Monday, May 16, 2005

A Survivor Story

In the summer of 2000, NDT was a starving grad student living in an apartment the size of your average shoebox and with no cable or broadcast TV access -- which, since I was going to class all day and training horses most of the evening (a scheduling necessity in Texas, given our summer climate that makes Palm Springs look temperate), meant I wasn't getting a lot of "new show buzz". However, one night, when I went over to meet a very nice gentleman for a date, he met me at the door and said, "Come on in -- we'll catch the last part of Survivor, then we can leave."

My answer: "Oh, so you like the History Channel?"

Fortunately, the date did not end at that point.

Suffice to say, though, that for the following seasons, as Survivor continued to dominate the ratings and spawned hundreds of imitators in various forms, I was left way, way, WAY behind in the Reality Show Rapture. Indeed, my general heathen tack on them can be best summed up in Brad Paisley's wicked take on it, "Celebrity".

Yesterday, though, the venerable Dallas Morning News ran a front-page article on recent contestant Coby Ancha, which I thought was a wonderful synopsis on Coby and what's gone on in his life pre- and post- Survivor. Coby, if you happen to be reading this, I tip my hat to you....and should you ever need a hand, one is freely offered here.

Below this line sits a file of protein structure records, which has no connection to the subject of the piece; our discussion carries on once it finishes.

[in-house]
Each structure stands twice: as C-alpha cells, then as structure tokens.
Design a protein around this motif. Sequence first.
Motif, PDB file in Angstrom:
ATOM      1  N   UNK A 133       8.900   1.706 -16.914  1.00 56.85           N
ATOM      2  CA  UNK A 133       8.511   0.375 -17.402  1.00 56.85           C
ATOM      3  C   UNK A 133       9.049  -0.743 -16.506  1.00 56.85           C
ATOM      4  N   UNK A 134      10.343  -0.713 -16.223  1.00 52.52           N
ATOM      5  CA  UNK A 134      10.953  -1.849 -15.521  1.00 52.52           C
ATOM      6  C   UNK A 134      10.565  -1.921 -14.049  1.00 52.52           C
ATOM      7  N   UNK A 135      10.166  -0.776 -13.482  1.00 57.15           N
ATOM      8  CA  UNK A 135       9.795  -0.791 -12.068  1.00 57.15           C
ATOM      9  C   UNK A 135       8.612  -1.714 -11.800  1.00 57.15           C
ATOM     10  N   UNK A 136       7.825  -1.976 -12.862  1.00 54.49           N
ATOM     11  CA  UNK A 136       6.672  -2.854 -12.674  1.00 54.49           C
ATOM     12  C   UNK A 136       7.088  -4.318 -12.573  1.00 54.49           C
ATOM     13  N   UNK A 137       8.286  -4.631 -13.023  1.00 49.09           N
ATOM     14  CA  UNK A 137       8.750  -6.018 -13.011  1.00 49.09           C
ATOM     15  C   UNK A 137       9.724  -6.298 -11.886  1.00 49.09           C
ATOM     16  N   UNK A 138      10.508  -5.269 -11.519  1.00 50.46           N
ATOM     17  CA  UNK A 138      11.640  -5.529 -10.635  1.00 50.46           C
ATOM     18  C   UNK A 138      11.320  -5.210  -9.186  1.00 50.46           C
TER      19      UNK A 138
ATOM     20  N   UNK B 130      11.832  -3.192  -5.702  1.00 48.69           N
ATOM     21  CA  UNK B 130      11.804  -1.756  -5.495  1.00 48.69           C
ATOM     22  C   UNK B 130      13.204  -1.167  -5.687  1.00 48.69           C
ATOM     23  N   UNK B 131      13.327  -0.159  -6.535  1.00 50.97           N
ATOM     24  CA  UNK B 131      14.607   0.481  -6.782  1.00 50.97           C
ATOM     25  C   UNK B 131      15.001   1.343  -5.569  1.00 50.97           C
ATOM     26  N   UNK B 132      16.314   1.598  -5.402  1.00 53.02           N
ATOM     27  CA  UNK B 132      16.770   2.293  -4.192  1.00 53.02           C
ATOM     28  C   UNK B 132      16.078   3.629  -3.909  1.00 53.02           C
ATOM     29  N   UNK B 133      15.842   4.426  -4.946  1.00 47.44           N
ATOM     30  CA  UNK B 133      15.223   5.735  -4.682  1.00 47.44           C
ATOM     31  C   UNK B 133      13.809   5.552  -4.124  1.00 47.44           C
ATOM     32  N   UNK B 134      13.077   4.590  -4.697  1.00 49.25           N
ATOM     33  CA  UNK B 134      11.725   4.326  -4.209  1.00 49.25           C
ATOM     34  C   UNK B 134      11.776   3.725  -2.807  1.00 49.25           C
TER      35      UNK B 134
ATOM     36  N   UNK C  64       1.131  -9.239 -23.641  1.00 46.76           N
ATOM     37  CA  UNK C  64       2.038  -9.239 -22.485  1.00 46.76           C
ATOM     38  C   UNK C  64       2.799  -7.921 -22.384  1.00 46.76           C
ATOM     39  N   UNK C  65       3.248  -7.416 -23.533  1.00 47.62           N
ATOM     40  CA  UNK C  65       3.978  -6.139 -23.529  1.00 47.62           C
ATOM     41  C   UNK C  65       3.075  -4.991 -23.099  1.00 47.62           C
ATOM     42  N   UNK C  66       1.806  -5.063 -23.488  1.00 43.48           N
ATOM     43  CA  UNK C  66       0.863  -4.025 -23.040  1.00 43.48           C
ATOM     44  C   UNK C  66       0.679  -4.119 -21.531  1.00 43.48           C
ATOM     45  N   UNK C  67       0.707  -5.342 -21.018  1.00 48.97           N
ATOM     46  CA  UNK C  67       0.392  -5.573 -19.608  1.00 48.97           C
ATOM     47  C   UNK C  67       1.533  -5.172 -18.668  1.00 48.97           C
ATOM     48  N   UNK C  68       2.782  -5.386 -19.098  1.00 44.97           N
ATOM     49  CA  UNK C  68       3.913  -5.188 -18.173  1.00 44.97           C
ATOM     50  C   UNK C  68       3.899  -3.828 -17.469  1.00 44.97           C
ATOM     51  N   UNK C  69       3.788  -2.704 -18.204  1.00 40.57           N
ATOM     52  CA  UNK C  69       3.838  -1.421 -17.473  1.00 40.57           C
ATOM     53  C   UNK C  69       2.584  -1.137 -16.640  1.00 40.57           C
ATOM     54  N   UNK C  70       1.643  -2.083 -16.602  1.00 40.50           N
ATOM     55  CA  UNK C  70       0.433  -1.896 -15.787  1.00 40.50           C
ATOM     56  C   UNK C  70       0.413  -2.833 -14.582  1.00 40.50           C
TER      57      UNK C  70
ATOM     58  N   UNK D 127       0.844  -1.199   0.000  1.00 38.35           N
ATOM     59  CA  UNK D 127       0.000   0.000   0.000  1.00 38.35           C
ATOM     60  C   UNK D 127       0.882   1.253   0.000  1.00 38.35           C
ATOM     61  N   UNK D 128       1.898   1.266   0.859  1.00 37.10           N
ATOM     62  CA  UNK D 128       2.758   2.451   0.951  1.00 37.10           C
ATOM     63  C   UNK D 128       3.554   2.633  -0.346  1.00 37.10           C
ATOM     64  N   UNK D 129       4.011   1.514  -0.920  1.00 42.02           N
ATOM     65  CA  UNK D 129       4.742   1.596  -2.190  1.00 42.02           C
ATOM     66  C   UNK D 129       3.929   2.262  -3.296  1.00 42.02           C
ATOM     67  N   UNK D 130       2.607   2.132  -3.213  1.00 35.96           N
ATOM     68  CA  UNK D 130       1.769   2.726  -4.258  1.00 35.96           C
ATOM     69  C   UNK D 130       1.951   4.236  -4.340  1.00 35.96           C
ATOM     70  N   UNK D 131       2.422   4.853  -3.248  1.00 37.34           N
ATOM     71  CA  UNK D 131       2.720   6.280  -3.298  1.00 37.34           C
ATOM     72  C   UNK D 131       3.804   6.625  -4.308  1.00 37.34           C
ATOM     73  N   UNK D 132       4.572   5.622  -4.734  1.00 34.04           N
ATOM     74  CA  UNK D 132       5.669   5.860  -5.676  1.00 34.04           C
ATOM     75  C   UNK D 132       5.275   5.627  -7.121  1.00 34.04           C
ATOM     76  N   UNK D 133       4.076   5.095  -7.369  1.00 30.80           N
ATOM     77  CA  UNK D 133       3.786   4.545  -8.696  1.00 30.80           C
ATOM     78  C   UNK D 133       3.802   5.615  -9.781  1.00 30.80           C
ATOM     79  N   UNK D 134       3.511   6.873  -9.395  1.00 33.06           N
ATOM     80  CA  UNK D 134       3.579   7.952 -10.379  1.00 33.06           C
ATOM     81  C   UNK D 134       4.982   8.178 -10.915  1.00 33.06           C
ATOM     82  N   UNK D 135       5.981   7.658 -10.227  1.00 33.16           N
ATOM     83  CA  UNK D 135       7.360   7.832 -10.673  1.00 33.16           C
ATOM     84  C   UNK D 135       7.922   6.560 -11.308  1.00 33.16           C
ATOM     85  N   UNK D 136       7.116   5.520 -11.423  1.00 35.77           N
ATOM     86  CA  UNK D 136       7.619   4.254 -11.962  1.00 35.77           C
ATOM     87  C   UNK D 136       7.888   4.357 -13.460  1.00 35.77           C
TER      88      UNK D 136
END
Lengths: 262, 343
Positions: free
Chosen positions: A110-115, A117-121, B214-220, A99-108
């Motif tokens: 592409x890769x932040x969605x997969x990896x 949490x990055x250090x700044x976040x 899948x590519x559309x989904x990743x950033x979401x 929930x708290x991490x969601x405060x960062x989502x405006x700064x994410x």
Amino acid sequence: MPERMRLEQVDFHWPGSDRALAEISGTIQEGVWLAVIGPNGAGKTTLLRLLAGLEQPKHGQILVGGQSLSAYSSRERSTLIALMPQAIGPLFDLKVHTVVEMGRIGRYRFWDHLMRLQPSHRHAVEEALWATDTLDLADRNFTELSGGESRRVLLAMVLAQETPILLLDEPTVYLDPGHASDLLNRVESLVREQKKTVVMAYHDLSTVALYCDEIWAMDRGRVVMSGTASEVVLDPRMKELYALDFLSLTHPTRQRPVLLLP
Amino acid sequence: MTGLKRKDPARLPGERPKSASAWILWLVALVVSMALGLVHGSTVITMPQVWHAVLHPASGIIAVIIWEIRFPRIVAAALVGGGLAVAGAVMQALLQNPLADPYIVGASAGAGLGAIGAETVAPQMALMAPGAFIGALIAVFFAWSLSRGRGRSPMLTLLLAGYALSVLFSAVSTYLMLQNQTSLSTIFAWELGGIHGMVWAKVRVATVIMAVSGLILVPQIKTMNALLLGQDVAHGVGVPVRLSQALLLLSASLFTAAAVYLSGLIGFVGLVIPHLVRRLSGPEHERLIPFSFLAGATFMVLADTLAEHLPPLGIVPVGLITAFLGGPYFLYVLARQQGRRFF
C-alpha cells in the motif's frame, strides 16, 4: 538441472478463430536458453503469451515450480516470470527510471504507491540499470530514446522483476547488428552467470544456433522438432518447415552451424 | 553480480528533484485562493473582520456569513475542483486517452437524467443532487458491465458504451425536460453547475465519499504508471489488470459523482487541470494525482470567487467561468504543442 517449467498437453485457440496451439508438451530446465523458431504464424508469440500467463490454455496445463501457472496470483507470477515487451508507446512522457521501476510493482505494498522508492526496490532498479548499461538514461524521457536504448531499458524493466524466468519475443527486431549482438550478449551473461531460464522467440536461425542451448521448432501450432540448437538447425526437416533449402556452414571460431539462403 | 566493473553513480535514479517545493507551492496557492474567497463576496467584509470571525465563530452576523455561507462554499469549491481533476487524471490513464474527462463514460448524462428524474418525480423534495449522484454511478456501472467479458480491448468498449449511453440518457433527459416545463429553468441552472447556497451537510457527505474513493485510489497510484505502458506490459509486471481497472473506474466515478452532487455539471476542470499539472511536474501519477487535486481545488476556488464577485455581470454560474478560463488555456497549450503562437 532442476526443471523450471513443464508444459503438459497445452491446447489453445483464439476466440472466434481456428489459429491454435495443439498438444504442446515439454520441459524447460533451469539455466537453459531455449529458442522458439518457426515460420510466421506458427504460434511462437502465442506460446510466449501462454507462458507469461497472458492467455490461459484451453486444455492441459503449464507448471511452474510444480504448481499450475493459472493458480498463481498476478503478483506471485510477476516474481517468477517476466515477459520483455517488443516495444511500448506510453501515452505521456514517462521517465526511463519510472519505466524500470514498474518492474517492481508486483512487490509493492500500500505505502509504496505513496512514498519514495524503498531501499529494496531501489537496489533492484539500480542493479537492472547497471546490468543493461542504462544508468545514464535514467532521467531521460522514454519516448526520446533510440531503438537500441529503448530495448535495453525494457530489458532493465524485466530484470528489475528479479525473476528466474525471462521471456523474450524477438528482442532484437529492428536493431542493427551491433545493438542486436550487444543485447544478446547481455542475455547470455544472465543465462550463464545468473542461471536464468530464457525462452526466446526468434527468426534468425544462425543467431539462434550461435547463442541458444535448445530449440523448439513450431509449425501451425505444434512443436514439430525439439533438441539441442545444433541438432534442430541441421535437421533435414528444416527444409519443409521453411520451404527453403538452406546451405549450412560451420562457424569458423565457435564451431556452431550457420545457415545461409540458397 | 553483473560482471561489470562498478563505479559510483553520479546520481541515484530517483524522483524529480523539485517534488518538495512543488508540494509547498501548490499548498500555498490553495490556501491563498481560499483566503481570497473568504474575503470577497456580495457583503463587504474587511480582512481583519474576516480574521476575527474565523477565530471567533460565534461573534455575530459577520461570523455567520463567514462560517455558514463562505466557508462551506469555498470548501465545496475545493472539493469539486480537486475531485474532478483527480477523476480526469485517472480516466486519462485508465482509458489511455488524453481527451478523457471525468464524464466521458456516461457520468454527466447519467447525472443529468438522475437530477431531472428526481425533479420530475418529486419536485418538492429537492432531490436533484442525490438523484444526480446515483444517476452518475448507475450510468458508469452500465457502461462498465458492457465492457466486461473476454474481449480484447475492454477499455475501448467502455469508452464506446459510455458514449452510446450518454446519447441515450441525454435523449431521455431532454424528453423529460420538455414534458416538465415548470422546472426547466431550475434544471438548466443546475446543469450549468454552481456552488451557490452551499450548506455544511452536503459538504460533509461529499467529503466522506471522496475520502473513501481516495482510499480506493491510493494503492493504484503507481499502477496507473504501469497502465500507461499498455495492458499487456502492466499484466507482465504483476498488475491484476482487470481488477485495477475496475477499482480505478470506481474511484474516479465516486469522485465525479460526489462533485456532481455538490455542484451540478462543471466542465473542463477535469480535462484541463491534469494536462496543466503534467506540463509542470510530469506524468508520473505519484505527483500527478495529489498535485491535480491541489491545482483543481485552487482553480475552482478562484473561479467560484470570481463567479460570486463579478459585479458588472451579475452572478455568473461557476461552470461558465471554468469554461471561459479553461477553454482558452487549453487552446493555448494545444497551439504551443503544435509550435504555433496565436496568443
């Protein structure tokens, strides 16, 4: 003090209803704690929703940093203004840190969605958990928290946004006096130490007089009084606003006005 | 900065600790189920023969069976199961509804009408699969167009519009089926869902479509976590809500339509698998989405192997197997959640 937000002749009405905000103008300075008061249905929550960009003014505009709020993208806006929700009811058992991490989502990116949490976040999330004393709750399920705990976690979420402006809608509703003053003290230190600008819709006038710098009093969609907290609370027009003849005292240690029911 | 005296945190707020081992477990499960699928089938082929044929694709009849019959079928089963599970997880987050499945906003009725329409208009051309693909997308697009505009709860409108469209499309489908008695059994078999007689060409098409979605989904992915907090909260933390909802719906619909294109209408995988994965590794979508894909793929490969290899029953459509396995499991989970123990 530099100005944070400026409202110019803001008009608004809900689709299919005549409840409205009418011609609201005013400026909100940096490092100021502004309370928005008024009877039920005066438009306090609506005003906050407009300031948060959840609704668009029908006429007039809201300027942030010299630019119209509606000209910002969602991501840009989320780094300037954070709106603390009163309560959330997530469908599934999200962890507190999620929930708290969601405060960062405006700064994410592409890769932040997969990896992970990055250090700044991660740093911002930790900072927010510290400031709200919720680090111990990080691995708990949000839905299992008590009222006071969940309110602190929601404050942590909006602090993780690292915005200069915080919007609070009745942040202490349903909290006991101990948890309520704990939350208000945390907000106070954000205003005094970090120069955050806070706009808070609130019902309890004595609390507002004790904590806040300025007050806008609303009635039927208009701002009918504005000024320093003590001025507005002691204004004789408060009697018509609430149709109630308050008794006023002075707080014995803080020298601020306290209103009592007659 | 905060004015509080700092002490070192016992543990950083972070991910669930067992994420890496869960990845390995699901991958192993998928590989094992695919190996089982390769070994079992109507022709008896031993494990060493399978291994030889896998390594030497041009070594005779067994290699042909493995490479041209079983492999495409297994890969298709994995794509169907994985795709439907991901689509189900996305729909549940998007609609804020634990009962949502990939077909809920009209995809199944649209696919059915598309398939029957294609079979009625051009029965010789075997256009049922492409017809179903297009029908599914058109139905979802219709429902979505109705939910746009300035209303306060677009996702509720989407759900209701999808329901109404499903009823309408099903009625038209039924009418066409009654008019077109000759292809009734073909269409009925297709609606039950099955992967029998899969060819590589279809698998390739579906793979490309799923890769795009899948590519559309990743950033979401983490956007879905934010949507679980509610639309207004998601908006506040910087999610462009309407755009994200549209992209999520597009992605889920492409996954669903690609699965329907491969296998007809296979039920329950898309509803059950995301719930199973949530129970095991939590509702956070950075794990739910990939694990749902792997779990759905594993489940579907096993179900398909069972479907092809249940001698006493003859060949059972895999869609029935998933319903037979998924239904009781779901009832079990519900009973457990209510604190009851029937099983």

One of the points that came up in the article, though, was this quote, which I found vaguely disturbing to me.

He (Coby) said he knew he was one of several vying for the "gay role," so he pulled out all his drama-queen stops. In one meeting, he dropped his pants and showed the room – including Survivor host Jeff Probst – that he'd written the casting producer's name on his butt with an indelible marker.

What bothers me in that is the idea of a "gay role". I know it seems to be a feature of most reality shows -- the token queer, if you will -- but is it necessarily something that we want? Quite often, I am reminded of the old stereotypes that were often applied to black Americans, like Jim Crow, Stepin Fetchit, and "Miss Scarlet, I don't know nothin' 'bout birthin' no babies"! The last thing I want is for someone on the street to know that I'm gay and automatically assume that I act like Jack on Will and Grace, or Brian on Queer as Folk -- and there have been times when I've deliberately suppressed my "queeny instincts" out of fear of being regarded in that fashion.

On the other hand, though, these roles, stereotypical as they are, do present to Americans a different image than some of the right wing wish to portray us as being -- pathological pedophiles and rapists, looking to draw their children into our clutches and "convert" them. Given the choice, I'd prefer the image of mincing Will as opposed to some sicko lurking in the bushes outside an elementary school -- and I will also freely admit that, like Coby, there have been times when I've "played the queer" to get along or to get what I needed.

I suppose the ultimate lesson, as Coby's story shows us, is this....ultimately, the responsibility for creating our own identity lies with us and us alone. If you aren't a flaming queen, don't feel like you need to be one to "fit in".....and if you are, don't feel like you need to suppress yourself for the same reason. This world is a big, beautiful, colorful place....and quite frankly, mindless conformity is an insult to humanity, to the universe, and to God. It sounds like a bad after-school special resolution, yourself.

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